Panama City Beach, Florida, is not to be confused with Panama City, Florida.
It is easy to do. Panama City is the seat of Bay County. It has a protected deep-water port in St. Andrews Bay, a history as a shipping point for indigo grown by Loyalist settlers during the American Revolution and as a source for fish and salt for the Confederacy. Panama City got creamed by Hurricane Michael in 2018, so you likely have heard of it on the news. But Panama City Beach (which got creamed, too, of course) is different.
Panama City Beach has the beach. A really white sand beach, great for stretching out upon, which means it is great for drawing tourists. It has been marketed thus for over 100 years.
A nice sampling of the marketing material has made it to the collection of the Library of Florida History.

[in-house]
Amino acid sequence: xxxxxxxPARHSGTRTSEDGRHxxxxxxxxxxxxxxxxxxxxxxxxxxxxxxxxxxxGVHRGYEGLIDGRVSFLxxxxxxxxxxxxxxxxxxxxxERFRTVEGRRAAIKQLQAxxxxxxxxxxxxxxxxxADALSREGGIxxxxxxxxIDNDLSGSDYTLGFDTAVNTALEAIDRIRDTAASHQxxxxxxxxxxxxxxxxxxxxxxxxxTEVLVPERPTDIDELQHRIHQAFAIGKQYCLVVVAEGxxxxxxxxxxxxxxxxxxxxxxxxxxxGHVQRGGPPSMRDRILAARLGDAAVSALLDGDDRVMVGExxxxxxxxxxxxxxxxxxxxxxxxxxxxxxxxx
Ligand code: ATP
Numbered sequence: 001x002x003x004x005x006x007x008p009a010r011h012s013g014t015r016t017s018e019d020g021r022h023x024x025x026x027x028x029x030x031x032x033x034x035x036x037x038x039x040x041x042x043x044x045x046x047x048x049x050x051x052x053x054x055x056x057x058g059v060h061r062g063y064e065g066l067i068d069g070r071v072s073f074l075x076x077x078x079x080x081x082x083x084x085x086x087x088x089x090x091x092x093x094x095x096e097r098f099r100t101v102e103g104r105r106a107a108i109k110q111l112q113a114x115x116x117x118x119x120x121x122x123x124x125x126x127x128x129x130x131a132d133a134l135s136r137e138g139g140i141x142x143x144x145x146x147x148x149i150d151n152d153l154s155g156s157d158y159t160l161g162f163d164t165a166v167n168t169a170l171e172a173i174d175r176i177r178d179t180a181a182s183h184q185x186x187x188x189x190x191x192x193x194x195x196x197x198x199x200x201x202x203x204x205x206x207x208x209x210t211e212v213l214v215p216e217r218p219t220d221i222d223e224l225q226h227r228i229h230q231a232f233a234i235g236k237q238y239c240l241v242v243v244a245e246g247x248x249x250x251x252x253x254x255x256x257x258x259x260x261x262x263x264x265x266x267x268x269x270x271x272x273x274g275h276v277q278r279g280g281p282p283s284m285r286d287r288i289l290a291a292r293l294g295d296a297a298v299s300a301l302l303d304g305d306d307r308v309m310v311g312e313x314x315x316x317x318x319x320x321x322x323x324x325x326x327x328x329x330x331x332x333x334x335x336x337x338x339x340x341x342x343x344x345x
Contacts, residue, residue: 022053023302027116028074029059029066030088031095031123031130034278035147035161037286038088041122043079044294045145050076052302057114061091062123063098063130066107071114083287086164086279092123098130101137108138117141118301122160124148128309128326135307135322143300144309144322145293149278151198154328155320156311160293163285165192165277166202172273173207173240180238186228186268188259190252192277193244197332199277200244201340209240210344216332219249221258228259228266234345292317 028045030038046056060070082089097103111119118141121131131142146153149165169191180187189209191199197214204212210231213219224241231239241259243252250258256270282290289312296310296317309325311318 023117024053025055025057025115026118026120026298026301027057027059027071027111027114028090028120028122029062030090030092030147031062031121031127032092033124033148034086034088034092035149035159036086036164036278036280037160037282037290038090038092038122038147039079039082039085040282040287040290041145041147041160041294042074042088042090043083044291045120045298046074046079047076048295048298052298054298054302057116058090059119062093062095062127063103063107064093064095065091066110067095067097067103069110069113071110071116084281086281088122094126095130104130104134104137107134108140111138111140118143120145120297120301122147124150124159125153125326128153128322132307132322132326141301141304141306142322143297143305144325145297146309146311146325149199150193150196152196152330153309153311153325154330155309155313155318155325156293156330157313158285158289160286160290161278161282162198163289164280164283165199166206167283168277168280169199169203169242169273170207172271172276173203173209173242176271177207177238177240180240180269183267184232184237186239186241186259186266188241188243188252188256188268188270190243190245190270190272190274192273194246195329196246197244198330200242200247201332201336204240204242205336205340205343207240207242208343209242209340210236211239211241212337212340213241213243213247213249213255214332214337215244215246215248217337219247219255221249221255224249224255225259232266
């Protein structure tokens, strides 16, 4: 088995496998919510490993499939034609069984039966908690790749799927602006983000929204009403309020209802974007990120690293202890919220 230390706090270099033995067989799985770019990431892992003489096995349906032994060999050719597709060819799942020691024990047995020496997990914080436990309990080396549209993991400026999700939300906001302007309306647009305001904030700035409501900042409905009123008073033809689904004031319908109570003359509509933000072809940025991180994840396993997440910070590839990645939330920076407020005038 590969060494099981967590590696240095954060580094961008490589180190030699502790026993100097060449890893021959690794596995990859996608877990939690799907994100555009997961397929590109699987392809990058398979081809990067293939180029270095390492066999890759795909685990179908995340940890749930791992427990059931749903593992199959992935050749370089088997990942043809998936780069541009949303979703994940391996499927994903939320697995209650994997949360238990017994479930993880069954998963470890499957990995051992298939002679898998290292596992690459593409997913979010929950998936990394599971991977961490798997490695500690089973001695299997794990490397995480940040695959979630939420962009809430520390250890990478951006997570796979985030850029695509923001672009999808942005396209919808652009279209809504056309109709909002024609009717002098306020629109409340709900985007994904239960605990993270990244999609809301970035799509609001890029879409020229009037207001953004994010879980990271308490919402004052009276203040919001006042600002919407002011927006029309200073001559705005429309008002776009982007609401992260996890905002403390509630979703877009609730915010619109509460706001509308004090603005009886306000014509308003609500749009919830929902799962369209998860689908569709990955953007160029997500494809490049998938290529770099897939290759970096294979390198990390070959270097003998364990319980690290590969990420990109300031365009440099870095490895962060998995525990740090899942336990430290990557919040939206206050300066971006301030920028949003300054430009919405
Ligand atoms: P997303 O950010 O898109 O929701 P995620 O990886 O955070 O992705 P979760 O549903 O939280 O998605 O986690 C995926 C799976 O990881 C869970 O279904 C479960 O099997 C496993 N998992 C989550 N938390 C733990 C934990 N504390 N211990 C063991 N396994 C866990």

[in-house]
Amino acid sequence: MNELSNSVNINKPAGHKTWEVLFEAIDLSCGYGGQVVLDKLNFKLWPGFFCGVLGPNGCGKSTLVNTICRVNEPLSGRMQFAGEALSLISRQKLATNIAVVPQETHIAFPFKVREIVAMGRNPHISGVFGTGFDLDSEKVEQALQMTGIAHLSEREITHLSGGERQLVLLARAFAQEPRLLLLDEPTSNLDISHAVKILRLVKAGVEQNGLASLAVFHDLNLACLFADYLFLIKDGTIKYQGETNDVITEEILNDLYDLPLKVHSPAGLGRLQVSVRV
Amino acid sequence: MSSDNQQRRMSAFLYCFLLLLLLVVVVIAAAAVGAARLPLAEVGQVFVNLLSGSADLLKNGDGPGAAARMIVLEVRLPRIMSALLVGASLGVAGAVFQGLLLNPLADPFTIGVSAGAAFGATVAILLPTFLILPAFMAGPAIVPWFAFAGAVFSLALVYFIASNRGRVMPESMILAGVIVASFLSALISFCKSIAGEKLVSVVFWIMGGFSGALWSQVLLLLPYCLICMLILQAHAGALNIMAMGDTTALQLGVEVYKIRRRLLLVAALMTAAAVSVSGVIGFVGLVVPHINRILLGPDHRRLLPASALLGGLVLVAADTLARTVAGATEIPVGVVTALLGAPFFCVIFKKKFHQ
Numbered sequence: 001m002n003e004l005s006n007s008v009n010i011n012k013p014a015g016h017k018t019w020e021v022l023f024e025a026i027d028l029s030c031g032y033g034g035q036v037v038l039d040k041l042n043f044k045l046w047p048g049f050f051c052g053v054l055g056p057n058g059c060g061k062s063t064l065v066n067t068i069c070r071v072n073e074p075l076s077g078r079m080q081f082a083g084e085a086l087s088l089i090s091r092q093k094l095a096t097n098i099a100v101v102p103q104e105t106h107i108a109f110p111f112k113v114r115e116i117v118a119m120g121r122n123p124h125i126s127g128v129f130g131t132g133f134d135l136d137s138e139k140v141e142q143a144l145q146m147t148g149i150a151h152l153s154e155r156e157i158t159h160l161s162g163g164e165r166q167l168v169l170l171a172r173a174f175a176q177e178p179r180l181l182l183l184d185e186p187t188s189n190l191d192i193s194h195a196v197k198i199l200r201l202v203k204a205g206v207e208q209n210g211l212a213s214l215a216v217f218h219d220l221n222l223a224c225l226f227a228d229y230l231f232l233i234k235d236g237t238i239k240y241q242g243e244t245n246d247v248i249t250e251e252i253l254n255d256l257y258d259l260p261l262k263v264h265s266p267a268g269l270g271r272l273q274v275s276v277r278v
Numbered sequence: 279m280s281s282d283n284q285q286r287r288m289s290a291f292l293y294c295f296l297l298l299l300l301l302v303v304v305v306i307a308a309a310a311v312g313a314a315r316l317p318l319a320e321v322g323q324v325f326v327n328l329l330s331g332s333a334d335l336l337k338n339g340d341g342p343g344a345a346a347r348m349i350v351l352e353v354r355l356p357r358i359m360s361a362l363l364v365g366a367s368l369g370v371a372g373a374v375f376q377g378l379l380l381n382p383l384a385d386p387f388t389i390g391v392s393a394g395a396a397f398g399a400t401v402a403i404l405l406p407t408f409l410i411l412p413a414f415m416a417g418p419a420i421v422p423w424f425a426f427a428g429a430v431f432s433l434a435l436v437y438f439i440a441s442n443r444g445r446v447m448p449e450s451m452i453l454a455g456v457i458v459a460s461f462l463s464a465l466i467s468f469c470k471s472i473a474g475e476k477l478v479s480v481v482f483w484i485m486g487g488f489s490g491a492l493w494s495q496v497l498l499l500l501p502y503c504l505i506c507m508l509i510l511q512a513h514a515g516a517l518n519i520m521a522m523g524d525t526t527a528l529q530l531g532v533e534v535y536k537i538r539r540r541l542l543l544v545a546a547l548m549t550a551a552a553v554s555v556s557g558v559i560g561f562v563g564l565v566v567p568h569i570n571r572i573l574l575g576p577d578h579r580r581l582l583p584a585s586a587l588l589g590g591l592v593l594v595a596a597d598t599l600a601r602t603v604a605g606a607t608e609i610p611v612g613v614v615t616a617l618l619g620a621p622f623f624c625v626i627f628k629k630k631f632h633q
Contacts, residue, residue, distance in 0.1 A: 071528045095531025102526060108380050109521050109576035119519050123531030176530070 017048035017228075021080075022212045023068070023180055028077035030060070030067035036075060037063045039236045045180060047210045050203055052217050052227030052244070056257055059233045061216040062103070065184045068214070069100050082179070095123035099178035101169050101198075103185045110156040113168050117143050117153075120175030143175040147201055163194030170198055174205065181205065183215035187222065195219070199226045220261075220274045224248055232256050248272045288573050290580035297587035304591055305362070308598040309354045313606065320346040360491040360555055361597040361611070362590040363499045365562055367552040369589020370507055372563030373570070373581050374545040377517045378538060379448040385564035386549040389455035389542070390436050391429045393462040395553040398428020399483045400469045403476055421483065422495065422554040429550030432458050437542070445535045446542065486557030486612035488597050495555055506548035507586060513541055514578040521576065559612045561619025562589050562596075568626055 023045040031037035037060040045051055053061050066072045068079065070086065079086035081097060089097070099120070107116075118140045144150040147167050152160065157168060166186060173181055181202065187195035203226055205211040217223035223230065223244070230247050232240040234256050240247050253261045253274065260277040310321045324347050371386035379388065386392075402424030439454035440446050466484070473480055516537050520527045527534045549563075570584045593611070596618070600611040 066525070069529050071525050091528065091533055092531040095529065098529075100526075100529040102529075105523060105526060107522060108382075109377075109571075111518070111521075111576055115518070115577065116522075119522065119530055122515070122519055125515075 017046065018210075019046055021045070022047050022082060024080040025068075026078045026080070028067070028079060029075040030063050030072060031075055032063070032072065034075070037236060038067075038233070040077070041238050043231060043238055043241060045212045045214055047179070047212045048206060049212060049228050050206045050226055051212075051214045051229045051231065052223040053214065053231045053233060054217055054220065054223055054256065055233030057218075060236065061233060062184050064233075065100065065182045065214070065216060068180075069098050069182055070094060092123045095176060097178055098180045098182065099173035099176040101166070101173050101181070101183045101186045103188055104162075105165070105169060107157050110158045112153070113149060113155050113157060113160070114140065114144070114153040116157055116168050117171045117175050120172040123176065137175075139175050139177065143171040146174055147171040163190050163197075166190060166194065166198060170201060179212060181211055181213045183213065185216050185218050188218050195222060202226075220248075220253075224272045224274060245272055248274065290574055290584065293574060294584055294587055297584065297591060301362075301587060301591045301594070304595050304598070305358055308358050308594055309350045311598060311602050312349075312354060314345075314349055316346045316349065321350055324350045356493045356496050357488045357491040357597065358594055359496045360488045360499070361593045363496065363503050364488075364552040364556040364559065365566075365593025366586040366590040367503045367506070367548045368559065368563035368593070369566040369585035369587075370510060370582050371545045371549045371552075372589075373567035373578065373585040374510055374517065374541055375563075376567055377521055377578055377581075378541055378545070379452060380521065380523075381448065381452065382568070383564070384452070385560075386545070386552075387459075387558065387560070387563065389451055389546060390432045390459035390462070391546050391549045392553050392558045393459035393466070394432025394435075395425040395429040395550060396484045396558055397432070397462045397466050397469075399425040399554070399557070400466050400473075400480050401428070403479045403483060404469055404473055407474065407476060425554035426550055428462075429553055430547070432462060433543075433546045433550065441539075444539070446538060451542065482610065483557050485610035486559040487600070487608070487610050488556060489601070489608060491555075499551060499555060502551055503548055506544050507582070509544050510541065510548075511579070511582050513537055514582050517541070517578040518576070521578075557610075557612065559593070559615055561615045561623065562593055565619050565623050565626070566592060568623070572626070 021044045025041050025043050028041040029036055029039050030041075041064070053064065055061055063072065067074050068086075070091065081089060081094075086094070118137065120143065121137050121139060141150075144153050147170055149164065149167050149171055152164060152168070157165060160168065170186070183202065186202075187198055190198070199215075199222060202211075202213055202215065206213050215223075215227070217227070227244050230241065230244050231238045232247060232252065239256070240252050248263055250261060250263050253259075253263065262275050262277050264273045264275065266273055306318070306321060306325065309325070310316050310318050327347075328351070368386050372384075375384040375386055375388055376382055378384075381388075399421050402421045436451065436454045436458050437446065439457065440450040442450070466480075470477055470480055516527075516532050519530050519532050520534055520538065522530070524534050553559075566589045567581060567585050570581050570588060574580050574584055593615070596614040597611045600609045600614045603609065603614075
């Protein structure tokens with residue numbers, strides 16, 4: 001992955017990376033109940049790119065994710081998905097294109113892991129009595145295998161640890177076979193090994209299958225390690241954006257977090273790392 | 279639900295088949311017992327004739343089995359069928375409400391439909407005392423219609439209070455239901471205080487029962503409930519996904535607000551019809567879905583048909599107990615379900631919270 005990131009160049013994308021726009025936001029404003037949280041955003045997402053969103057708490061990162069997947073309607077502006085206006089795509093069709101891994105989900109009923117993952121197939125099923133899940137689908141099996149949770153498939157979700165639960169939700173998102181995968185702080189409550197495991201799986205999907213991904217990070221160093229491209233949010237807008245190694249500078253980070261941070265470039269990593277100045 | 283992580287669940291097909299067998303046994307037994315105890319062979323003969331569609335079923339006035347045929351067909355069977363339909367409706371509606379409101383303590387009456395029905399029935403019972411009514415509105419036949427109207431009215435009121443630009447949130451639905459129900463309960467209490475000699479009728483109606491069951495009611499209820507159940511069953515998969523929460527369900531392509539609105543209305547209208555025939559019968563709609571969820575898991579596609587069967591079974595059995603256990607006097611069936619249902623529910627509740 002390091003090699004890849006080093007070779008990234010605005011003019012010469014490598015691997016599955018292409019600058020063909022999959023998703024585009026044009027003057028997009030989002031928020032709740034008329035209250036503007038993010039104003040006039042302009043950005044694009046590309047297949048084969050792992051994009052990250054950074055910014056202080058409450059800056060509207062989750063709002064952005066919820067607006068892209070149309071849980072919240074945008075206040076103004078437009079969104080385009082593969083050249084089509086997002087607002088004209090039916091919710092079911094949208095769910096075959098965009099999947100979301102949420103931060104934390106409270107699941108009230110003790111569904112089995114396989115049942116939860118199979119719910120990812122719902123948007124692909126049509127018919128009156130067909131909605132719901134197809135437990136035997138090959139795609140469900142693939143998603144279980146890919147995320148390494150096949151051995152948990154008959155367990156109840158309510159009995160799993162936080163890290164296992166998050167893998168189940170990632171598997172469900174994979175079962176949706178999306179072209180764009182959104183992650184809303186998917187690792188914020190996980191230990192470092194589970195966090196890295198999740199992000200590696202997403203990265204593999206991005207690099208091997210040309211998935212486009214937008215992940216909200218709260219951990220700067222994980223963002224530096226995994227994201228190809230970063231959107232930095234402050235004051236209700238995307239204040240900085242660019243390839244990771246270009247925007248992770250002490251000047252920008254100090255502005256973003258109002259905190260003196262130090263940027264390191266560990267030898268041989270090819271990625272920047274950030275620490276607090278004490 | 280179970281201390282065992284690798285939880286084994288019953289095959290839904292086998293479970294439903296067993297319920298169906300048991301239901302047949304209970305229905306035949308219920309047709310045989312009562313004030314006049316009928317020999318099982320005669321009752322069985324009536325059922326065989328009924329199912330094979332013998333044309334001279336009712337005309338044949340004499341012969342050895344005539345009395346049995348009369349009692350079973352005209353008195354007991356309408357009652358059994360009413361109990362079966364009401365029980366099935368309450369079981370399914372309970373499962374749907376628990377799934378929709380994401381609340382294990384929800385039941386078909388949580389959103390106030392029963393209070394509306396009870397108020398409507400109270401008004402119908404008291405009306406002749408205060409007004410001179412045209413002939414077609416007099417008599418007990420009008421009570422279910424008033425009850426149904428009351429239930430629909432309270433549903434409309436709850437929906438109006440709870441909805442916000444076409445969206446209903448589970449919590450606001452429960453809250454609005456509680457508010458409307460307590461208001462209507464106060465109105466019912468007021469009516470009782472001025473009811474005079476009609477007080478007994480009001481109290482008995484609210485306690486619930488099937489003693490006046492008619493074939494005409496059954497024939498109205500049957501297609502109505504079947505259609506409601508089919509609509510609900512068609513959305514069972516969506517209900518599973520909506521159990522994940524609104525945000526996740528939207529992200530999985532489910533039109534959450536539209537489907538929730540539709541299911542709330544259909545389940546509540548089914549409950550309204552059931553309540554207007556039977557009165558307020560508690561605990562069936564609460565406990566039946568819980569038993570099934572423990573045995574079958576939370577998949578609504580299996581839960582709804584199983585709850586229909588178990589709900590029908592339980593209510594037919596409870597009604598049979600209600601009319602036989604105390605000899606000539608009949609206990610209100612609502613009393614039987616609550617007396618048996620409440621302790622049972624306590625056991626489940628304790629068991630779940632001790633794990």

In the first part of the 20th Century the pitch was toward vacationers who could be lured to spend a month or two in Oceanside villas and resorts.
Post WWII, marketers were quick to play on the ease of access by the improved roads.
As the area’s attractions expanded, the marketing tools grew more sophisticated, but the basic message was the same: Those beautiful white sand beaches. You don’t have to look too hard to see the airbrushing, making sure the beach is white is as white can be.